The first step in learning how to knit is learning how to Cast On the Stitches. This post shares text and video to explain the Knitted Cast on Method.

In our last post, we saw how to style a garter stitch scarf. The Garter Stitch Scarf project  is the project I personally have all my real life students knit first. I think it’s important to start with something that can be successful and fun while learning some valuable foundational skills in knitting. Today’s post is about learning how to knit by seeing How to Cast on Knitting. This post features the first technique in a list of four that we need to make the scarf.

Not to be a downer but…..

if you can’t do these four things, hang up your needles. You simply cannot knit until you learn how to do these four steps.

But don’t worry, because we are going to go step-by-step through each technique. By the end of this series, you’ll be ready to conquer the Scarf Knitting World!

What are the four foundational knitting techniques?

  1. Casting On (the subject of this post)
  2. Knit Stitch
  3. Joining New Yarn
  4. Binding Off

You can learn these four techniques and happily knit Garter Stitch scarves for the rest of your life. Some people do! Every time you change yarn and/or needles, your scarf will be completely different. Don’t believe me? Stick around, because in a couple of  weeks we are going to explore that idea further.

What’s Garter Stitch? It’s a stitch pattern, and all it means is that we knit every stitch. It yields a very distinct and recognizable knitted fabric.



Today we are going to get down to the brass tacks of what it takes to get yourself knitting. I know I have readers who want to knit or used to knit but haven’t in a long time. Consider today’s update Part Two in a Seven Part Mini Course on getting yourself going or getting restarted as the case may be. If you already knit, then I hope you can still enjoy the free pattern and the new videos I made for this project. This is my first time making technique videos, and I’m pretty excited about it. (PS: Part one was the post on how to style your scarf and the free knitting pattern. You’ll have to visit that post to get the pattern, but trust me. Soooooo worth it.)

Today’s lesson is all about Casting On.

Casting On

What is Casting On, and why do we do it?

We have to get the yarn from the attached ball (or skein, or cake as the case may be) to the knitting needle so we can start making stitches. To get the yarn from it’s long string form to something that holds onto the needle so we can work with it, we have to Cast On the the stitches. The abbreviation for this term in knitting patterns is CO.

There are as many ways to get yarn from string to CO as there are stars in the sky, and there are so many reasons for using the different methods. The one we are going to work on in this post is called the Knitted CO. It’s a good CO to know for several reasons.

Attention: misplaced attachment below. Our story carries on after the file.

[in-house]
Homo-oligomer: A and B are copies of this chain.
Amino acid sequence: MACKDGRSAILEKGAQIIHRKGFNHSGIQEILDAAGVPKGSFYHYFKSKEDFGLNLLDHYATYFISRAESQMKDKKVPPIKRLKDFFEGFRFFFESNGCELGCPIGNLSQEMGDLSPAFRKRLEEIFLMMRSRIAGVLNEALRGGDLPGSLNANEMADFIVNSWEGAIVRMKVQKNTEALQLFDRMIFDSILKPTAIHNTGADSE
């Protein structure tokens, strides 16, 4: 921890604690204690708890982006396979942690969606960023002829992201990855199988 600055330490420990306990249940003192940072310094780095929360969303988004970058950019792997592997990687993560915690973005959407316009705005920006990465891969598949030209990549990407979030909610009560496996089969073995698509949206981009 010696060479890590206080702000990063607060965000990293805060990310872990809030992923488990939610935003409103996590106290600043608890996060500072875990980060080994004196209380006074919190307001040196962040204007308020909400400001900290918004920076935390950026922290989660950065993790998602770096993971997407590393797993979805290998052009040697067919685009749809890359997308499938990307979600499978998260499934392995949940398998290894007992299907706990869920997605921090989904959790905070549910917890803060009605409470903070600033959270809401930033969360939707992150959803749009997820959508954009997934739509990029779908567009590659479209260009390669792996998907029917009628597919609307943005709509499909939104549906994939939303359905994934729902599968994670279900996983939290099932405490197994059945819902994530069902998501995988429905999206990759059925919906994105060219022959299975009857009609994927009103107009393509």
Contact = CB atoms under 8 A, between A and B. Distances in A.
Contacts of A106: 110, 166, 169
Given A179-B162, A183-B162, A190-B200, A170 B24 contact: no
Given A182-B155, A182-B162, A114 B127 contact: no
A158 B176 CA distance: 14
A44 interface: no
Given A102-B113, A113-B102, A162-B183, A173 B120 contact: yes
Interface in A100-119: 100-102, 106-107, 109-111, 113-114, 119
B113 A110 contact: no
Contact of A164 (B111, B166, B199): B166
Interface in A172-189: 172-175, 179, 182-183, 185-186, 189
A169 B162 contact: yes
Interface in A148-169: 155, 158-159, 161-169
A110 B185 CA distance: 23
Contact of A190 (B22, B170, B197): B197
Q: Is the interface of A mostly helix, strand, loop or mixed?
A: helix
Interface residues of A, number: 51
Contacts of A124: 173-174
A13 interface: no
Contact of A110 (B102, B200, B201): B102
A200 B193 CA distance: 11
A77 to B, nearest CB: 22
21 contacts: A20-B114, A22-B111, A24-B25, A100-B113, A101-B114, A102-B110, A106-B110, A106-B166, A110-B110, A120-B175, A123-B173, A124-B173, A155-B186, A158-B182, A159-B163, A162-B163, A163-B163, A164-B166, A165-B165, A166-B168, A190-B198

• This CO closely resembles making the Knit Stitch, so for someone starting out, I like this one. You’re learning similar movements to making the Knit Stitch when you CO so it’s less confusing.
  • If you are making a project with a ton of CO stitches, using the Knitted CO means you won’t run out of yarn before you complete the CO. Believe me, there’s nothing more aggravating than getting to CO stitch number 490 of 500 and running out of yarn tail for the CO. What happens if you run out of tail?  You have to pull all your work off the needle and start over. So aggravating! By Knitting the CO of a project that calls for a ton of CO stitches this will never happen.
  • It’s kind of a fun way to get the stitches onto the needle!

Here’s how to do this technique:



Watch that video a few times. More than a few if you have to. Then get out your yarn and needles and practice. Try to do what I’m doing with your yarn. The video is shot to resemble how the yarn and needles will look in front of you, so try to hold your work like I’m doing in the video.

Work on just this part for a couple of days. I only casted on six stitches in the video, but you can try your hand at 10 or 20! Cast on and pull it all off and do it again and again.

The important part is to just do this over and over and get yourself to where you feel comfortable with this step. If you get frustrated, walk away from it for a while. Your brain will work on it in the background and chances are when you pick it back up later, it won’t be as hard to figure out.

Be patient with yourself if this is totally new to you! Really!! Chill and give yourself permission to make a mess. It’s part of the process! And totally ok. If you are really stuck, drop me a note on the Facebook page. But I think if you have a clear table to work on, and take your time, you’ll pick this right up.

Join me here in the next update for how to actually a knit once our stitches are in place! Can’t wait to see you there.

Don’t forget to grab your free pattern from the Style Your Scarf Update so you have the free pattern AND shopping list for the first scarf!

If you’re new to my website, welcome!! Please sign up for my email list before you leave today so we can stay in touch.  I share something new every week from more free knitting patterns, to craft tutorials to yummy recipes. I’ll send you a note when a new blog post or video is live so you won’t miss any of the fun.


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Author: Pattymac

Patty loves figuring out new ways to use pom poms, where to stash more yarn and is always wondering what to bake next...chocolate or lemon? When not dreaming up new things to knit (or bake), she loves riding her beach cruiser on the Boardwalk, escaping to mid week movie matinees, and planting new things in her container garden.